What I read in 2019: The Essex Serpent by Sarah Perry

The Essex Serpent

 

A Mini Review

The Essex Serpent

by Sarah Perry

Published by Serpent’s Tail

ISBN: 978-1781255452

When I first picked this up, drawn to it by the beautiful cover illustration and the fact that it was the Waterstones ‘Book of the Year’ 2016 and shortlisted for the Costa novel award 2016, I had high hopes. I thought it sounded engaging and thrilling with an interesting concept that excited me. I have a fairly eclectic taste in books but I was looking for something I could really get my teeth into and fall in love with. Unfortunately, as soon as I started reading The Essex Serpent, it started to irritate me. Now, this is entirely subjective and a completely personal opinion. I actually asked on social media for other reader’s options of it and got a mixed response, but there were a lot of people saying how much they loved it, how beautifully written it was how it was definitely one of their favourite books. I try very hard not to read forewords or author’s notes before I read a novel, because I like to make my own mind up about it, I like to be surprised and I like to go on a journey with a book and, for me, that involves not knowing it before hand, except through short reviews and recommendations. However, in this case I actually wish I had done, because I found the book so hard to place in a historical context without knowing the intentions of the author. There were not enough definite markers for me that would help me to place it, I couldn’t quite recognise the style of dress, housing or transport, even though all of these things are mentioned many times.  I had it anywhere from Georgian right up to the 1950s, but it turned out to be a ‘Victorian novel’.  I have now skimmed through the author notes and can understand what the intention was (to recognise that nothing much changes in people’s actions and the problems and superstitions which prevail in society) but for me that didn’t quite come through enough without some definite place markers.

Although I found the characters interesting, I never quite fell in love with any of them, I felt that I didn’t really know them well enough to do that. The book is written in such a style that it opens each chapter in a very scenic way, zooming in on the characters, as if starting a new story, I kept seeing the chapters opening up like a film, films such as The Curious Case of Benjamin Button or The Shape of Water come to mind. But for me this stylised method of telling the story meant that the characters got separated far too much, causing me to keep checking to see where they fit in relation to other characters. I also felt it was a bit too romanticised, and there were scenes where I rolled my eyes a bit. For example, without wishing to ruin it for anyone, there’s a scene in a slum area of London where some upper middle class types are being shown round to highlight the housing crisis and we turn to see an urchin girl child smoking a cigarette in a torn and raggedy dress while wearing beautiful feathered fairy wings. One of the feathers floats down to land in a puddle as she flicks ash out into the street. I’m paraphrasing or paraphrasing the scene at least. It is like an Athena image of a poor child, the pedant in me insists that a girl in rags would not have own beautiful feathered fairy wings. There were quite a few scenes where I felt that way.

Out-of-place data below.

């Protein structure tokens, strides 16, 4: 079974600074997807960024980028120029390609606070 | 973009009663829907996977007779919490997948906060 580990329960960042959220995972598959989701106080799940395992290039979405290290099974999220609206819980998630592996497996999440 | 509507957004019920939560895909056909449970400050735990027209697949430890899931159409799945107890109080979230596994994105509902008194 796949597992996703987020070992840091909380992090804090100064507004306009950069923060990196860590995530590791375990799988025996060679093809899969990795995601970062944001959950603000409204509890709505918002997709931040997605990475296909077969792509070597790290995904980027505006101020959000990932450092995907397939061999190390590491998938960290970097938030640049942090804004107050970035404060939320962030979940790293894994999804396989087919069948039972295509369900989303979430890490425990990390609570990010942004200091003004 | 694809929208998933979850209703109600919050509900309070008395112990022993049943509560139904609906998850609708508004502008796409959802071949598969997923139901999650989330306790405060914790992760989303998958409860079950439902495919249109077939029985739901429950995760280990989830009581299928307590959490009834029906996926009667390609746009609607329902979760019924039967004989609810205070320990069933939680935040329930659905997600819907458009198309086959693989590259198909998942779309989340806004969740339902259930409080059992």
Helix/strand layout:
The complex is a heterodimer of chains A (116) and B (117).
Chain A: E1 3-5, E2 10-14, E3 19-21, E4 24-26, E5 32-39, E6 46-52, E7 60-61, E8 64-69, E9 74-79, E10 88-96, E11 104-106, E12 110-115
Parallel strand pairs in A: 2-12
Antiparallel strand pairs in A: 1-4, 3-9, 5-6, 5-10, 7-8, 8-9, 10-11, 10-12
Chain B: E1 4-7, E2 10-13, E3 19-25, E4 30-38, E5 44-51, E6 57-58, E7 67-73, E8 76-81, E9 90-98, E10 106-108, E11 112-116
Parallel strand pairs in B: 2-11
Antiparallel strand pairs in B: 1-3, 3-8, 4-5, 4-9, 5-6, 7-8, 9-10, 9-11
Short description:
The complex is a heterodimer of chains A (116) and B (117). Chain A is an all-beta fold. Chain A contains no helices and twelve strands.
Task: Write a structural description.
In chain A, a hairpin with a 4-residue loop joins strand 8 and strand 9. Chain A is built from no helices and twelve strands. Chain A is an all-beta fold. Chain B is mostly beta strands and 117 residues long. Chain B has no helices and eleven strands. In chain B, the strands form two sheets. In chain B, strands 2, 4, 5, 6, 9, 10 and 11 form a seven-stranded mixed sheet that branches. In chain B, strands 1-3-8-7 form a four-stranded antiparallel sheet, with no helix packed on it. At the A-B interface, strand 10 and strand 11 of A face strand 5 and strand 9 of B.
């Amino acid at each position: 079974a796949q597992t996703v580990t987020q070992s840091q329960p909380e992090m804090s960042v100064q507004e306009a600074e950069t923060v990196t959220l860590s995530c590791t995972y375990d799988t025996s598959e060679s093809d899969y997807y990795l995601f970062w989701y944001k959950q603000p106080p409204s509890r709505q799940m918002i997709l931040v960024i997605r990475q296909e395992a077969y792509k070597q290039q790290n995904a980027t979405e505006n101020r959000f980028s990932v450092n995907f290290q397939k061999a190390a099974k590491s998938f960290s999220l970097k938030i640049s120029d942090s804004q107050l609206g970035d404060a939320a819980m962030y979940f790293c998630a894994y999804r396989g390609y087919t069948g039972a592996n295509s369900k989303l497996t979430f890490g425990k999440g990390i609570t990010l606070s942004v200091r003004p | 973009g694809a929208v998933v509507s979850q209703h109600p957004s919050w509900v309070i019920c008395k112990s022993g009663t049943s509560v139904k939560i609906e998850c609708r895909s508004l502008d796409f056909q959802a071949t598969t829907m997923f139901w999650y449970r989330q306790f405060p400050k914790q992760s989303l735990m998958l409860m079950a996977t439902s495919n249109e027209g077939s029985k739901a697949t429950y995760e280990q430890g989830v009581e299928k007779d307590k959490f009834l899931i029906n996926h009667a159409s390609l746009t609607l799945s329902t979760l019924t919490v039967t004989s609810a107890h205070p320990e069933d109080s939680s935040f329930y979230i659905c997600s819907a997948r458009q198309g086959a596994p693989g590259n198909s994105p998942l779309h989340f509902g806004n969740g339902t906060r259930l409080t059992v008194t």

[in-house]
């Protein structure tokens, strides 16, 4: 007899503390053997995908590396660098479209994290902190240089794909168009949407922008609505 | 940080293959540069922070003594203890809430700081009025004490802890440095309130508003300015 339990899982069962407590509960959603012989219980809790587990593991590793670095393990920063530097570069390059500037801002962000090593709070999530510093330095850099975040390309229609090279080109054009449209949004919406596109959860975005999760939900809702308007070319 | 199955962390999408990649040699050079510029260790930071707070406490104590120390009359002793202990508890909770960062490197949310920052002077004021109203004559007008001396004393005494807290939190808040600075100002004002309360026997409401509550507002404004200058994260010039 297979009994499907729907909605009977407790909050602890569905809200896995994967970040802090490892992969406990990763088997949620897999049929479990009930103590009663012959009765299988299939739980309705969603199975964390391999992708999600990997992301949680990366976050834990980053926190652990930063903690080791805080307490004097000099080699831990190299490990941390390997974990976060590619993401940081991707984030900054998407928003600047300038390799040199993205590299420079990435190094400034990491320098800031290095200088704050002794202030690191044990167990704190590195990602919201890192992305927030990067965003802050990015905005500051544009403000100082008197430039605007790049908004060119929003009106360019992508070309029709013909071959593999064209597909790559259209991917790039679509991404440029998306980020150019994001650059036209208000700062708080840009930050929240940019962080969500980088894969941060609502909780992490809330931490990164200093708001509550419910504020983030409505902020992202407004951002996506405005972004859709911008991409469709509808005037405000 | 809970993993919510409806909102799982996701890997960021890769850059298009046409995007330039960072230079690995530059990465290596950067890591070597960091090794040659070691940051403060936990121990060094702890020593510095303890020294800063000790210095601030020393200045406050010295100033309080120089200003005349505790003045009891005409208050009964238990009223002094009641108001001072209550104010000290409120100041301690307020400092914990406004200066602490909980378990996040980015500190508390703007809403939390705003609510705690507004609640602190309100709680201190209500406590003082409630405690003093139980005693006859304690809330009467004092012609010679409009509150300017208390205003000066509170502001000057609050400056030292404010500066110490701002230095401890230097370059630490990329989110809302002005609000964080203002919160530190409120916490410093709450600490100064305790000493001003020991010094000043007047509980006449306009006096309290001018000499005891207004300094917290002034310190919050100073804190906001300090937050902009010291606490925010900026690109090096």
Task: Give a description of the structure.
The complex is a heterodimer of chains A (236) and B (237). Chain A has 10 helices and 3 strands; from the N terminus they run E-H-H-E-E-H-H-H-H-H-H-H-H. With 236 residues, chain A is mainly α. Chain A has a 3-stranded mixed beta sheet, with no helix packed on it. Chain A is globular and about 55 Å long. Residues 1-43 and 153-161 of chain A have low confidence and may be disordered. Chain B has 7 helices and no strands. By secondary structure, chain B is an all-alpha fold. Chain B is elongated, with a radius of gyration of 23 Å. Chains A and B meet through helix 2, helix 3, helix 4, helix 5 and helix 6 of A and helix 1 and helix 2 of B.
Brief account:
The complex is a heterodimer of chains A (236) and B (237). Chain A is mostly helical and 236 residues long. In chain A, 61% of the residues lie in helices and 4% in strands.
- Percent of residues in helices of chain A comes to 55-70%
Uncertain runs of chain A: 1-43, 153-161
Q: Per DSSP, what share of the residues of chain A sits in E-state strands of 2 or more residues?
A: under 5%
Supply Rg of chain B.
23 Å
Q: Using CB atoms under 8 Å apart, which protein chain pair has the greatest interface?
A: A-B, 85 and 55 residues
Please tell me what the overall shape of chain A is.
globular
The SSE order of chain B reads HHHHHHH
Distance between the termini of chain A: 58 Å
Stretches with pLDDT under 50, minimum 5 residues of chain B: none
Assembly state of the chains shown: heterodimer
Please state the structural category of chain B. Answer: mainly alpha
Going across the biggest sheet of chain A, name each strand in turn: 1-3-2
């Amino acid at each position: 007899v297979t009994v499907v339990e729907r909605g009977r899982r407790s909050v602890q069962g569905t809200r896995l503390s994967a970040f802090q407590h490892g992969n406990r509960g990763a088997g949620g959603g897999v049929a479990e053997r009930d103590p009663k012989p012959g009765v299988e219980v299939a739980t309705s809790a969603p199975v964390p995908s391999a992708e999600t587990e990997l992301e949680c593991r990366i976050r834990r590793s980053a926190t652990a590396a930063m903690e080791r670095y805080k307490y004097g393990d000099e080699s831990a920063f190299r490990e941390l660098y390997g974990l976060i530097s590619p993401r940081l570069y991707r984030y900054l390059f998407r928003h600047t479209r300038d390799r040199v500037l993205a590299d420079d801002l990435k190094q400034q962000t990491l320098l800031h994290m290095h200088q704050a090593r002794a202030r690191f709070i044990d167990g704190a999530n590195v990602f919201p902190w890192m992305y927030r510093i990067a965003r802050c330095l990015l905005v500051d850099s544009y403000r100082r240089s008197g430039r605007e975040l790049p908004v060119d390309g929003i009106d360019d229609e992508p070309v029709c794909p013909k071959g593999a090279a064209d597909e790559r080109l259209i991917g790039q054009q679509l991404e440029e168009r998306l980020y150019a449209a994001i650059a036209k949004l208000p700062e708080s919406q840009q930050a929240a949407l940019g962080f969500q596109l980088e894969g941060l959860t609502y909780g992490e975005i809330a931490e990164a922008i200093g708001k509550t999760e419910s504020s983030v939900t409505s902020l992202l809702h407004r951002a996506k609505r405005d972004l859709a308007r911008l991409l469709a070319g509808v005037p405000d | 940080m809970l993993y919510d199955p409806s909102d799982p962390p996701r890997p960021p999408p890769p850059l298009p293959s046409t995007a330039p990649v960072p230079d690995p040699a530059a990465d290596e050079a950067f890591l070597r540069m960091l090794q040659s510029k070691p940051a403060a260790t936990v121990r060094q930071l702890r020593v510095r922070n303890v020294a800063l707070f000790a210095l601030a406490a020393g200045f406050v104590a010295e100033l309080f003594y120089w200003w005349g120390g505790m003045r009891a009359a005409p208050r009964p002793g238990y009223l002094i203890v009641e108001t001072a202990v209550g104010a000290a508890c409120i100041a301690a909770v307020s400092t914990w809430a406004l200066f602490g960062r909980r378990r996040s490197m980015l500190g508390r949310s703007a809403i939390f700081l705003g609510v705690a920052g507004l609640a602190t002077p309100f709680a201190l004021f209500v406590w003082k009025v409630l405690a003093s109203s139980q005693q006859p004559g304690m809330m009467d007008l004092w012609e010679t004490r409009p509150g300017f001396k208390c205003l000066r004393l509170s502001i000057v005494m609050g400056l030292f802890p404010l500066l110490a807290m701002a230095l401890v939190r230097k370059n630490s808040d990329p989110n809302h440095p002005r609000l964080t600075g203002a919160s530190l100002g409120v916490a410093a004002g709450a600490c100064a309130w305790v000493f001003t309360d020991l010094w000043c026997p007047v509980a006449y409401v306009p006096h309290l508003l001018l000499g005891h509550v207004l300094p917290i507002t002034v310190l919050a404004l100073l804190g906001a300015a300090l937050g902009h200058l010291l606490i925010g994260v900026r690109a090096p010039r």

Having said all that, and I do feel bad because I wouldn’t want to criticise an author’s work, I did in fact stick with the book, right through to the end because I wanted to know what happened, and that’s a real skill for a novelist to have, to be able to suck someone in enough that even when they have doubts about their own enjoyment, they actually want to finish the book. I loved the idea of the serpent and the constant guessing, the manipulation of reality and imagination, and towards the end, in the last chapters when the characters are put to smaller tests of character and morality I felt they came to life a bit more, I started to feel sad on their behalf.

It’s not like anything I’ve read before, really, partly I guess because it does cross genres and maybe that just makes it difficult for my brain to contain it. Perhaps that’s why it is an award winner and so very popular. I would definitely recommend reading it for yourself and I would love to know your thoughts on it.

 

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